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Bonnie's Story

About her story

"There's some things in life you have to share. You have to have someone to lean on, and they'll help you get through."

After performing a self-breast exam, Bonnie Brooks discovered a lump and immediately scheduled an appointment with her doctor. On September 11, 2008, she was diagnosed with Stage 3 metastatic breast cancer. With a difficult treatment regiment ahead, including chemotherapy, she realized that she could not face breast cancer alone.

"I was always very independent and I've learned with breast cancer you can't always be independent," says Brooks. "You have to be dependent on people to help you through."

Hear Bonnie's inspirational story and learn more about how she overcame breast cancer.

Related Questions

  • gina richardson Profile

    Tomorrow is the big day that I start chemo. My nerves ate starting to get the best of me. Any last minute tips for a first timer?

    Asked by anonymous

    Learning About Breast Cancer
    almost 7 years 16 answers
    • View all 16 answers
    • Sharon Danielson Profile
      anonymous
      Survivor since 2007

      Gina,

      You WILL BE OK! You are nervous because you have no idea what's up with the appointment. My sessions were always about two hours. The port makes it much easier. I did not have any numbing cream but I don't remember it ever being painful. They run saline to clear your line, and a bit of...

      more

      Gina,

      You WILL BE OK! You are nervous because you have no idea what's up with the appointment. My sessions were always about two hours. The port makes it much easier. I did not have any numbing cream but I don't remember it ever being painful. They run saline to clear your line, and a bit of Heperan (sp) to keep it from clotting. I got a metalic taste but that went away. They bring in your "Recipe" in bags, hang them on a "tree" and start running it. At some point, they bring in a HUGE syringe of "red stuff" and inject it into your line. You feel nothing. I always asked them questions, not out of fear but genuine interest. Bring your electronic gadgets with you, your phone, a great book, snacks, water, etc. I would fall asleep because they gave me some kind of additive that made me sleepy. (they probably just wanted to shut me up for a while) Honestly, I looked forward to my appointments because each one meant I was another step closer to being done. I made friends of the staff, looked foward to seeing them and talking. The same with the patients. I never found it to be a bad experience. I would much rather have been playing with my horses but try to "make lemonade" out of your chemo appointments! Hang in there Gina, you will be ok. Take care, Sharon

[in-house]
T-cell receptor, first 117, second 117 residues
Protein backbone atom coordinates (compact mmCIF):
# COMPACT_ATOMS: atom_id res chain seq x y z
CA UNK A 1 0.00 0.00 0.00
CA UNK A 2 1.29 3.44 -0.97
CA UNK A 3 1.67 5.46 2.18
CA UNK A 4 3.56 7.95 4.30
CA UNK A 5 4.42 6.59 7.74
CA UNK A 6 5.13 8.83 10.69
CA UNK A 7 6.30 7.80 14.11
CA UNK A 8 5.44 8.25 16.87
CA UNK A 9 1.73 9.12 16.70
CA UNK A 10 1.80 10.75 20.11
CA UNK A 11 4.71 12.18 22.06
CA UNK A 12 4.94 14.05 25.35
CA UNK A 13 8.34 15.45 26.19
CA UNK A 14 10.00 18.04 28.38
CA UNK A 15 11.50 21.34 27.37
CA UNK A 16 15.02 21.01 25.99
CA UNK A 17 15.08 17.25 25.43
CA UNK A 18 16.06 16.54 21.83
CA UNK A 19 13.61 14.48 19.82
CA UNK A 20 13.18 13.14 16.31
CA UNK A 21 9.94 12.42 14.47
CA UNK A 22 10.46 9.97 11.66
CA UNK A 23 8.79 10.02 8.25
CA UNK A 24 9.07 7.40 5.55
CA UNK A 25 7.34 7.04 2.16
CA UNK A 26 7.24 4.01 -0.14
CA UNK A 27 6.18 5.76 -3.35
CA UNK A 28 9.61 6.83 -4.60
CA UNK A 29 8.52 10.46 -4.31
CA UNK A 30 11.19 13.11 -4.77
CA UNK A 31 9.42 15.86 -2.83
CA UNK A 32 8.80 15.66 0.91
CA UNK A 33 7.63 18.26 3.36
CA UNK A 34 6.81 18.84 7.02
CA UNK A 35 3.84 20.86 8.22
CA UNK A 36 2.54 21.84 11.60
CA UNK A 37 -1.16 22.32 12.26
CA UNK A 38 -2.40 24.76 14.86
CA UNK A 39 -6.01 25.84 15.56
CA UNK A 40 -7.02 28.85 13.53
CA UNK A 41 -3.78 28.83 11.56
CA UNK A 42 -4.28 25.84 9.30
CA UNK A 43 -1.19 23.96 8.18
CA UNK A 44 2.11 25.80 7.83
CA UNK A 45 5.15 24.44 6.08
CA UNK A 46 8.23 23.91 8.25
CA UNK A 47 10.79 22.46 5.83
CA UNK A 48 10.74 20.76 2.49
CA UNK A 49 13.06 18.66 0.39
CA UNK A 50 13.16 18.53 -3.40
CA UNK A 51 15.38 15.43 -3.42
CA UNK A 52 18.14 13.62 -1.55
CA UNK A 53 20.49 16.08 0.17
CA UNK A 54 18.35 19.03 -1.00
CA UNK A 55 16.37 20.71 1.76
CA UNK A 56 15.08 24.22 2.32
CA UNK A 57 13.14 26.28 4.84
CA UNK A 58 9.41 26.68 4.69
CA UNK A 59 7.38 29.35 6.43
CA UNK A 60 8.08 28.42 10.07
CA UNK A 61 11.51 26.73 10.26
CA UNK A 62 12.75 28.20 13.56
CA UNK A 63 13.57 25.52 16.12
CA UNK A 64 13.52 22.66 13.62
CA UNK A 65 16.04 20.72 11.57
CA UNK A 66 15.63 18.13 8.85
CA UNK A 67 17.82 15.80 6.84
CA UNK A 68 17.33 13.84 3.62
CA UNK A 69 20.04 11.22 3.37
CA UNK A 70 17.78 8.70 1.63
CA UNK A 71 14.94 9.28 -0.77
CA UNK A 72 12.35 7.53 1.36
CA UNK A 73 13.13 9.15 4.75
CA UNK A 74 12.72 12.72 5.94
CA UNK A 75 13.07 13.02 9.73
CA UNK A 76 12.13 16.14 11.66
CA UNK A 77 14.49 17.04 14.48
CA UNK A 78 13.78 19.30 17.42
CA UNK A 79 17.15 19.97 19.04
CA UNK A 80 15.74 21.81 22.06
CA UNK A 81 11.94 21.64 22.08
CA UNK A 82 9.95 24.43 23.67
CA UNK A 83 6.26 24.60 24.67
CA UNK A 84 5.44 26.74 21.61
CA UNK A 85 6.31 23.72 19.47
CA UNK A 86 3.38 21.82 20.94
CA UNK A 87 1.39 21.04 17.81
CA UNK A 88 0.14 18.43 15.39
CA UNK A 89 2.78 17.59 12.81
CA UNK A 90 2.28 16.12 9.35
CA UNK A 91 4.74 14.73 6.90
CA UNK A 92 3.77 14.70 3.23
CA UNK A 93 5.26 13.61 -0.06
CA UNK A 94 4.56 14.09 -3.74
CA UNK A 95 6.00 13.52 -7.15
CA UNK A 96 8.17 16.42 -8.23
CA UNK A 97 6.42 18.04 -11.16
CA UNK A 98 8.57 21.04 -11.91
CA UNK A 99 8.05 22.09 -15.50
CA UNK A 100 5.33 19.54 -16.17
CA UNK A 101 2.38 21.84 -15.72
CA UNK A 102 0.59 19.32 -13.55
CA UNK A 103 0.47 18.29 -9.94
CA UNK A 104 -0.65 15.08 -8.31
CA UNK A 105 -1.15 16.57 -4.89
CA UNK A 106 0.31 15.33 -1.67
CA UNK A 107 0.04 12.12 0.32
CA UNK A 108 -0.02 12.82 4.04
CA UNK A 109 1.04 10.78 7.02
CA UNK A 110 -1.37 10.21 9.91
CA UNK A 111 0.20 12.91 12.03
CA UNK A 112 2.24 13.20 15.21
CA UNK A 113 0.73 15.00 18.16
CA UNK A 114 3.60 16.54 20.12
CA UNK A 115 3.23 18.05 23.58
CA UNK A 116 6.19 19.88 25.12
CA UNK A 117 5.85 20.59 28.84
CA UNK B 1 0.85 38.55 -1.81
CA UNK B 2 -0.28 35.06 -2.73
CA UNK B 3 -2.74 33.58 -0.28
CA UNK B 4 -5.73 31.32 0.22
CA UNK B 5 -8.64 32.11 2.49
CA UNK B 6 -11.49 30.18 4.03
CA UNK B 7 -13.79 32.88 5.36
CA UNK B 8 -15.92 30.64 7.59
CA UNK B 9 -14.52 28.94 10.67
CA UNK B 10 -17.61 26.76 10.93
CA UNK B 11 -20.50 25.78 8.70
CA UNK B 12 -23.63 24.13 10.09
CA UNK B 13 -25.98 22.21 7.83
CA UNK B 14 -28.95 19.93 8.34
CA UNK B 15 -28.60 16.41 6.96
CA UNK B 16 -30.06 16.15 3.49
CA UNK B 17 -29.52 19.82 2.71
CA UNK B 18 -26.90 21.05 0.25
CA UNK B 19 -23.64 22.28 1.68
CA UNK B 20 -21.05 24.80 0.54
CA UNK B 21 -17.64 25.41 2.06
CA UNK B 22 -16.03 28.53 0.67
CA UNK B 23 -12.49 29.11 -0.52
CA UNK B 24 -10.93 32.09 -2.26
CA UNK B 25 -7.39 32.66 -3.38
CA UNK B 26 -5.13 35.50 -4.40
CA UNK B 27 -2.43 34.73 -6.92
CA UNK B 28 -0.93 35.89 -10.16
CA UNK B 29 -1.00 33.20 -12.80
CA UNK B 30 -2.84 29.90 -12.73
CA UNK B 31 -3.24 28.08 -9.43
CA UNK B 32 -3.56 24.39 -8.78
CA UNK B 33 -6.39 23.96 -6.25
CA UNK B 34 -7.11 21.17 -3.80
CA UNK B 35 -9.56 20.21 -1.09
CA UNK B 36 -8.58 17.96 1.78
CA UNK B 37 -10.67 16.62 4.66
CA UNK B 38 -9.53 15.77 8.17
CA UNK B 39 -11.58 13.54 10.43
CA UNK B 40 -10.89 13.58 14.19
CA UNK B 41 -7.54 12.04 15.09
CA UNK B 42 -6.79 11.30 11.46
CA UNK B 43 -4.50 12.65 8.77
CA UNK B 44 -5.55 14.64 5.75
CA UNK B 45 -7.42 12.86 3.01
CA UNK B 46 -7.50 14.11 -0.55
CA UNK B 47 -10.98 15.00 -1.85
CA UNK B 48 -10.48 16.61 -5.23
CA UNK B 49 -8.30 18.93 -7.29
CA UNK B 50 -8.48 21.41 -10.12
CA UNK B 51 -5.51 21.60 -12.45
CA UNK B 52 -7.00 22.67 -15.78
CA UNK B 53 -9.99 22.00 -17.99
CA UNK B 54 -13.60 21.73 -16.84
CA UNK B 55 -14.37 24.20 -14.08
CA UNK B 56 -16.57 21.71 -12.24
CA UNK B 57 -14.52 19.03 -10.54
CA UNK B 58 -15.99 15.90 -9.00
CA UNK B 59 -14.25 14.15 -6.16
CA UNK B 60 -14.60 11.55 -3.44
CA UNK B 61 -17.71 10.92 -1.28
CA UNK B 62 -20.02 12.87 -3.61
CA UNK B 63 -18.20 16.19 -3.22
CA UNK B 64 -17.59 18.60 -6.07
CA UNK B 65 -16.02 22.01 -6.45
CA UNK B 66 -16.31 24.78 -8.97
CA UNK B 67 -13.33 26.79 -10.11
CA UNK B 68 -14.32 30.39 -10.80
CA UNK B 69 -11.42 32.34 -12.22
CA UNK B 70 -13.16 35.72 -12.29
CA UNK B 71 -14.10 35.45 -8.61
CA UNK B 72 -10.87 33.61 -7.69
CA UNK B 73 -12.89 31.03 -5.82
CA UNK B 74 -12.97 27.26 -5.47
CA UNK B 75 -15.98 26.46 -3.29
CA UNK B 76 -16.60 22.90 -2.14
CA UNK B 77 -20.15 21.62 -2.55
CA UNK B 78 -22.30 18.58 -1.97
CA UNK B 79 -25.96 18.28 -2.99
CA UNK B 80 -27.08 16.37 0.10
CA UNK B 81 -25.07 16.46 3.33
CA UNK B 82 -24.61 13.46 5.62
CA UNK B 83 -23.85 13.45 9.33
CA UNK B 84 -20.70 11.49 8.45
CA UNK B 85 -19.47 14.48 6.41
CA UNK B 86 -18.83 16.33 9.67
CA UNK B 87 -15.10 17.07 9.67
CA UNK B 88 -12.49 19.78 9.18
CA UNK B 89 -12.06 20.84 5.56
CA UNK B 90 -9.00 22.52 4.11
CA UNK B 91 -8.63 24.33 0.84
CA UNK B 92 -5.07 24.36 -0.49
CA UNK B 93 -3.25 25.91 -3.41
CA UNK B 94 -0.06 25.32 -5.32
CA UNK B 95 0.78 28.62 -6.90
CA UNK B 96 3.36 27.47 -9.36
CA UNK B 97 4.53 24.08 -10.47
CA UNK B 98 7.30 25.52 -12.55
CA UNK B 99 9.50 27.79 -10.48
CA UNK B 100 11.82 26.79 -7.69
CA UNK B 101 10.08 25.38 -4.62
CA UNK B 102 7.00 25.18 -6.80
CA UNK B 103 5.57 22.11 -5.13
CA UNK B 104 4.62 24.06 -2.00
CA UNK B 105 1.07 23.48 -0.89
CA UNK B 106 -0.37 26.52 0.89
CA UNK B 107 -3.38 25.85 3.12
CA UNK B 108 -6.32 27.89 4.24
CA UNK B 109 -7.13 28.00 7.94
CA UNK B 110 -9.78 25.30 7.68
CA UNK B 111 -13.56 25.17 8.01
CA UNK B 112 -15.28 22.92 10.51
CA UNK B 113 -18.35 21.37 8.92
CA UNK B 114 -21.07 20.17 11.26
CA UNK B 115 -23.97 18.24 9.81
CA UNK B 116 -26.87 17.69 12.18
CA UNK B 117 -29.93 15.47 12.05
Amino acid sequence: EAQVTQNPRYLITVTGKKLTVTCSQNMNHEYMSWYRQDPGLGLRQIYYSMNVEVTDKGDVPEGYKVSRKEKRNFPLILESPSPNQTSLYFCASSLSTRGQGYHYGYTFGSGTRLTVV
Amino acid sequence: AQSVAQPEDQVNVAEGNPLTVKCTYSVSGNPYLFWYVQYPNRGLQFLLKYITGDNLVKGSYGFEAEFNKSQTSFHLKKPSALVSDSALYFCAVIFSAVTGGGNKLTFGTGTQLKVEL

Comment
    • Karen G Profile
      anonymous
      Stage 2A Patient

      I had my first one a week ago Thursday. I was also really nervous but at the end of the day I had to say it wasn't so bad. If you have a port it also makes it easier just make sure to use the Emla cream to numb it. They have me a Saline Drip first. Than I got my premeds a Steroid, Emend (for...

      more

      I had my first one a week ago Thursday. I was also really nervous but at the end of the day I had to say it wasn't so bad. If you have a port it also makes it easier just make sure to use the Emla cream to numb it. They have me a Saline Drip first. Than I got my premeds a Steroid, Emend (for Nausea) and Pepcid to coat your Stomach before the Chemo drugs go in. I am on the AC T regimen so the nurse pushed the Adriamycin in while I sucked on an ice pop to prevent mouth sores. After that they gave me the Cytoxin through the IV bag. You don't feel any of this going in. I was there for 5 hours but it usually is supposed to take 3-4. Bring some snacks and a light lunch with you and a water bottle (drink a lot to flush out the drugs). I brought a book with me but was too nervous to read. My husband came with me too only because it was my first time and I was scared. Before you know it it is over. Hope this helps.

      1 comment
  • kim sosa Profile

    How long is recovery for a simultaneous bilateral mastectomy and reconstruction surgery? My doctor said I wouldn't have to do mammogram anymore if I went this route. Is that true?

    Asked by anonymous

    Learning About Breast Cancer
    over 7 years 3 answers
    • Thumb avatar default